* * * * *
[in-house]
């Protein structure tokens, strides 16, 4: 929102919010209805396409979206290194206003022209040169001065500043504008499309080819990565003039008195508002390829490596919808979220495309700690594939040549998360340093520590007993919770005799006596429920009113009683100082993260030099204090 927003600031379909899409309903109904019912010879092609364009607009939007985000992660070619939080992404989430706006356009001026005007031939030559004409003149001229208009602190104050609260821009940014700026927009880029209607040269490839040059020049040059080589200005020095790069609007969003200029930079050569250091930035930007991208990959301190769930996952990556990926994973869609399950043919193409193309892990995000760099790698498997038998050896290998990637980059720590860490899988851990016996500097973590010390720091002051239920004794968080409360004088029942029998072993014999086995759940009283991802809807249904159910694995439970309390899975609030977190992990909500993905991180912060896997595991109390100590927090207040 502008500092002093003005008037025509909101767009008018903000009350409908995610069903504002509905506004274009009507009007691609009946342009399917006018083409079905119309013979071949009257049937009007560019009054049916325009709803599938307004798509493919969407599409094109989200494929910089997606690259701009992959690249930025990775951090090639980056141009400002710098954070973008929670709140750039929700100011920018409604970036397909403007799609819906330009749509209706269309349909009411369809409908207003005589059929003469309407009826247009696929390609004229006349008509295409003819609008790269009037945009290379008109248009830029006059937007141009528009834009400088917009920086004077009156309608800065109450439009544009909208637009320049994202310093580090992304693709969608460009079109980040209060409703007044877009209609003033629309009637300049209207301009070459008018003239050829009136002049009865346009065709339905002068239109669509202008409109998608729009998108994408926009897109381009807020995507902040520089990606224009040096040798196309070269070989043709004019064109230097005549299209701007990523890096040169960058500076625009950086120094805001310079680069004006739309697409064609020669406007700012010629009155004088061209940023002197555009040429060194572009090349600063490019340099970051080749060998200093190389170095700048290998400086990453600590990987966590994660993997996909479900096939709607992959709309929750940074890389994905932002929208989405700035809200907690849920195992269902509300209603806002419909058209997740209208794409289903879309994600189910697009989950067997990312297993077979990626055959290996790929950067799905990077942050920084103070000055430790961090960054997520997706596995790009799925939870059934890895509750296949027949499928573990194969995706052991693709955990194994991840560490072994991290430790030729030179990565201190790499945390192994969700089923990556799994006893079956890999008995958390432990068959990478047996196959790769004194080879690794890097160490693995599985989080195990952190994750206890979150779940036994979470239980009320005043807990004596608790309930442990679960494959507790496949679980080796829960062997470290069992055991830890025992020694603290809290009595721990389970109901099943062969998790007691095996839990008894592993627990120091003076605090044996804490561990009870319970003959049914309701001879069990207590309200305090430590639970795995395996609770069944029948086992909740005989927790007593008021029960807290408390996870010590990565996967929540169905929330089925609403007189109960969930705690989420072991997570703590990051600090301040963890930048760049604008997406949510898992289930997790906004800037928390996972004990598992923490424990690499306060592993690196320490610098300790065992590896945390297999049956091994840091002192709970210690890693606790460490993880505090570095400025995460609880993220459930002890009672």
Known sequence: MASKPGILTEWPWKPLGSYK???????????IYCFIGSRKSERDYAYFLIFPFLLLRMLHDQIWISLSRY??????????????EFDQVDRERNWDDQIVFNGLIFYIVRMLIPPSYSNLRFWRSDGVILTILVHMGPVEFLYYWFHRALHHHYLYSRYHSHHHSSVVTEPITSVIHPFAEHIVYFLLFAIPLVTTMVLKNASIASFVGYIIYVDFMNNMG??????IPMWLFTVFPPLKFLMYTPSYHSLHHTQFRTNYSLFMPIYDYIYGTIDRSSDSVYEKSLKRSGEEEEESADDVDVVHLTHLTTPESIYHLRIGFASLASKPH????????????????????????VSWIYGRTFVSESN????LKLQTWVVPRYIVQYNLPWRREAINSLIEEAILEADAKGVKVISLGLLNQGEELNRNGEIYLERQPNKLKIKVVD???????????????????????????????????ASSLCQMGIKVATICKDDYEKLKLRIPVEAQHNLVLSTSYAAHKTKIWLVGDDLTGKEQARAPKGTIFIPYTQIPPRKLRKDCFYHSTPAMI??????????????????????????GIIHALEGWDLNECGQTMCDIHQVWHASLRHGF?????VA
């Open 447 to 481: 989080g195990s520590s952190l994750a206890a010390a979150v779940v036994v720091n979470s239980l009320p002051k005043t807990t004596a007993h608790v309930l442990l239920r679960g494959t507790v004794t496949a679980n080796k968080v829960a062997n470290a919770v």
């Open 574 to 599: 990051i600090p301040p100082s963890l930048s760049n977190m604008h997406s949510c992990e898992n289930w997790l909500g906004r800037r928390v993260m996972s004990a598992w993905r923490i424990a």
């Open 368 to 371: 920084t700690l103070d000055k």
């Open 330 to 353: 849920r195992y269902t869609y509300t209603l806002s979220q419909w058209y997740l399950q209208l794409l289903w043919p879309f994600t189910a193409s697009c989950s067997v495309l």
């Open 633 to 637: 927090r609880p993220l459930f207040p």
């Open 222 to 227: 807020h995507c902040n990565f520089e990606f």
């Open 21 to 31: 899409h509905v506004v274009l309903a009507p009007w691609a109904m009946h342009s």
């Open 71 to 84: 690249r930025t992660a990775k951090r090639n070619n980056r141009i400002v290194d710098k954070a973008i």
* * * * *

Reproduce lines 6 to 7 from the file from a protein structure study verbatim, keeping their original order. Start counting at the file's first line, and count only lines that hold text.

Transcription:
């Open 368 to 371: 920084t700690l103070d000055k």
């Open 330 to 353: 849920r195992y269902t869609y509300t209603l806002s979220q419909w058209y997740l399950q209208l794409l289903w043919p879309f994600t189910a193409s697009c989950s067997v495309l």